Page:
Lovely reader, it is my joy to tell you that Rome uses its extra temples and monuments as stray cat sanctuaries.  It is AMAZING.  All throughout the ruins, there were cats: sprawled on a collapsed column, dripping down some shady steps, perched on the ledge of the retaining wall.  It was a cat temple.

Alex seemed singularly unsurprised when Mrs. Theaker and I happily told her what we’d found on our walk.  Apparently, there are several of these cat sanctuaries around Rome, paid for by charities.  They’re encouraged because the organizations spay and neuter the cats (to keep there from being too many), and the cats in turn keep the rat population down.

A+ job, Rome.  Congratulations on being incredibly practical and also slightly weird.  I approve.

Now, we should be arriving at the port of Naples in about an hour and a half, so I’m going to try and shut my eyes for a while and doze.  When we arrive, we’re going to take a ferry to the island of Capri, so today is a day where we’re all going to pretend we’re fabulously wealthy and famous, just so we fit in.  Should be fun!

Sorrento, Italy

Dear family and friends, I love you all very much, but I’m afraid I will be moving to Capri.  Feel free to come and visit me in my 55 million Euro villa sometime.  We will go shopping at Prada and Miu Miu and buy necklaces with rubies as big as your thumb.

The ferry ride over to Capri from Naples was uneventful (anxious parents concerned about motion sickness can rest easy knowing that everyone did awesome today– no upset stomachs at all!), although I did spend much of the forty-five minute ride gawking at the sprawl of Naples and the hazy shape of Mount Vesuvius behind us, and the growing island of Capri ahead.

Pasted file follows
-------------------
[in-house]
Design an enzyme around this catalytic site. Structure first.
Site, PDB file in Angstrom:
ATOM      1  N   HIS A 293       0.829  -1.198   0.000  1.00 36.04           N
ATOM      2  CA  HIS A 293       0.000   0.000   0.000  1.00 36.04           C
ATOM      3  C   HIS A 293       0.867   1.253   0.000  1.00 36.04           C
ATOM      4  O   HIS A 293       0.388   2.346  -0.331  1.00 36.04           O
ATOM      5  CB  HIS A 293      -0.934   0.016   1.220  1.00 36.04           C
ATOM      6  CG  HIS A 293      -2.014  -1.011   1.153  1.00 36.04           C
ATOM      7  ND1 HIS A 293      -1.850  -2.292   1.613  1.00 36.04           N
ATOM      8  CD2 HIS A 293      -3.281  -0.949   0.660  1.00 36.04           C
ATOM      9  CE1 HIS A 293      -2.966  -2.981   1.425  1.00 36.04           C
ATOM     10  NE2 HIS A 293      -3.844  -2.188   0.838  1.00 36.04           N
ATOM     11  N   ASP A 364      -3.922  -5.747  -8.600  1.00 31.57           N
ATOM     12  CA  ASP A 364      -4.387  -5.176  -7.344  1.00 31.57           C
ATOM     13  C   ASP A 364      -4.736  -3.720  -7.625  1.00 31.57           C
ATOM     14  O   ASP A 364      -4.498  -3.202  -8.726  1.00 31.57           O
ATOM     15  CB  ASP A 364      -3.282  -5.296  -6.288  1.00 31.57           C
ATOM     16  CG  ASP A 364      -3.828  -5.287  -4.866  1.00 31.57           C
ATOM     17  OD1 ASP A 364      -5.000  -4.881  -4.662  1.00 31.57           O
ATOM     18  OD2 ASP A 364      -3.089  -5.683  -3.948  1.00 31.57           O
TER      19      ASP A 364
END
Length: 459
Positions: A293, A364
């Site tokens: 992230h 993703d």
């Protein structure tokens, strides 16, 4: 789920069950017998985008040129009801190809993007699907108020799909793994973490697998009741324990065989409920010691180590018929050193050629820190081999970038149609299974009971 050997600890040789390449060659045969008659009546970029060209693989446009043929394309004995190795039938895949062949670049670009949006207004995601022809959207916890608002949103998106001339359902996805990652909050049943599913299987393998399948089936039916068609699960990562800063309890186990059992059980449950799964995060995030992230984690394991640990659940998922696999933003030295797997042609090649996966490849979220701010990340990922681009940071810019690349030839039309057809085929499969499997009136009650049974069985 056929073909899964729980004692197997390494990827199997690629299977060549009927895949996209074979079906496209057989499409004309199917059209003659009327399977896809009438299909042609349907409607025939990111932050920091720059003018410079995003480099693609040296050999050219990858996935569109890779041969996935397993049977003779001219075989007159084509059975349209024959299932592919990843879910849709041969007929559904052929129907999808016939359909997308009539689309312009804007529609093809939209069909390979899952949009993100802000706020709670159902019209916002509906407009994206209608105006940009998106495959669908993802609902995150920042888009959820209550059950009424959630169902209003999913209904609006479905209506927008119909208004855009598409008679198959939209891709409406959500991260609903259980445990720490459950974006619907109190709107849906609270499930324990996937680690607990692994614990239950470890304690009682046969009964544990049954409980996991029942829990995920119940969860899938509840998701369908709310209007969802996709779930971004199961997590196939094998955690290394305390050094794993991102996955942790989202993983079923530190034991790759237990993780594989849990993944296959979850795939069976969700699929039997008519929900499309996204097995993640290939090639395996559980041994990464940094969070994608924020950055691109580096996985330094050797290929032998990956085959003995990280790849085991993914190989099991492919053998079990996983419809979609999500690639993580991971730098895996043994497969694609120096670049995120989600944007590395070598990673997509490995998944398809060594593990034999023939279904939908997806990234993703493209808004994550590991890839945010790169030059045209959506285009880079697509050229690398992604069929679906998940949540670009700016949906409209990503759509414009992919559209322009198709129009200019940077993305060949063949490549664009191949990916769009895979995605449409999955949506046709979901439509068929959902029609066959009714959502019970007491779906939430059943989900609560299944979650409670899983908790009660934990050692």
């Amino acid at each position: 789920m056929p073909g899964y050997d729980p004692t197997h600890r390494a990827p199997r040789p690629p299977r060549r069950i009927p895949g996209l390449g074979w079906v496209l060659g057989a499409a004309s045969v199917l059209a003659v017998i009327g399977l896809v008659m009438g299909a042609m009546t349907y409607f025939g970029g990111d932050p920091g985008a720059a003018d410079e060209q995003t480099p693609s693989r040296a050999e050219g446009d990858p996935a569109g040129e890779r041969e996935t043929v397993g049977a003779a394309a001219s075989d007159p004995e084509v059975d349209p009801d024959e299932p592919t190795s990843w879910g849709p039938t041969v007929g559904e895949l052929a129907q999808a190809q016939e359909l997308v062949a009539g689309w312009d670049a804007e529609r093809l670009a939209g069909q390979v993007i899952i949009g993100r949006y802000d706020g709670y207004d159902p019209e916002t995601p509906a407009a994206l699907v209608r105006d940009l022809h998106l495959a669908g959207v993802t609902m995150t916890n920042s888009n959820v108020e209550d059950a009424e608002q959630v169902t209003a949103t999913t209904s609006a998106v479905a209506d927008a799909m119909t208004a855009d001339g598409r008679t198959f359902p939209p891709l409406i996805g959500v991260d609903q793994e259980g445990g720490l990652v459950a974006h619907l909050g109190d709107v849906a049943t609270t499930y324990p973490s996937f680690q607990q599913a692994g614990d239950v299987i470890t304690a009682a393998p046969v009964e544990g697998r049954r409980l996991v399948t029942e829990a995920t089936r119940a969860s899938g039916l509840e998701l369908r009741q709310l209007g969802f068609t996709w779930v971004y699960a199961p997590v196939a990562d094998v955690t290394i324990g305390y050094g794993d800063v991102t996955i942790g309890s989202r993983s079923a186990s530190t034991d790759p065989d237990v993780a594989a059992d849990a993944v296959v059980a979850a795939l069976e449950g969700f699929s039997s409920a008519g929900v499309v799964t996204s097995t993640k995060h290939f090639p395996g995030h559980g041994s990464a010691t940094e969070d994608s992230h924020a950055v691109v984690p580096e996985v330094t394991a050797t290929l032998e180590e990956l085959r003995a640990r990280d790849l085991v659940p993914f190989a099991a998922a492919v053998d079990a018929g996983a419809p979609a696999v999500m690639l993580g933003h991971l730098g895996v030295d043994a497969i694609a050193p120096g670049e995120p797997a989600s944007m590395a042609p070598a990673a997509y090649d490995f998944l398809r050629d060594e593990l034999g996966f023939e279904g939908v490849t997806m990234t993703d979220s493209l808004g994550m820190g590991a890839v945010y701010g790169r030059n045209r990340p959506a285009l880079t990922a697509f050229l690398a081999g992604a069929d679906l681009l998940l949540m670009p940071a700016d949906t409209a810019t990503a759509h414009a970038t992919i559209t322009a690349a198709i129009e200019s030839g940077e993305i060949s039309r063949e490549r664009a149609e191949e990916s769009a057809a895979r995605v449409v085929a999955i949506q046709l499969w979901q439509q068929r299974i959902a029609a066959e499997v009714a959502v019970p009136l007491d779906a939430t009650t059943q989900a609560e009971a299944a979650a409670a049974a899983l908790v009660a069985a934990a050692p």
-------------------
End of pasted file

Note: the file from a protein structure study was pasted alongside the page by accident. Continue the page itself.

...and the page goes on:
When we disembarked from the ferry, we were immediately herded by our local guide, Francesca, into two motor boats, which proceded to take us on an hour-long cruise around the island, and into several of the grottos.*

Oh, man.  Guys, I’m really not sure how to describe it, except to say that it was beautiful, that the water was so clear and blue that it made the sky seem pale.  I’ll post pictures when I get the chance, but honestly, they won’t do the experience justice.  I could have spent all day out on that boat.  Francesca used our Whispers to tell us about the geology of the island, the history of Emperor Tiberius’s palace during Imperial times, what life on the island is like for most of the inhabitants, and its role in celebrity history.  While she was talking, we were surrounded by some of the most gorgeous scenery I’ve ever experienced– it was glorious.  We sailed through a natural arch reputed to grant wishes, and gawked at some of the (extremely fancy) yatches around us.  Ms. Wong and I tried to do some celebrity spotting, but alas, they were too well-hidden for us to find them.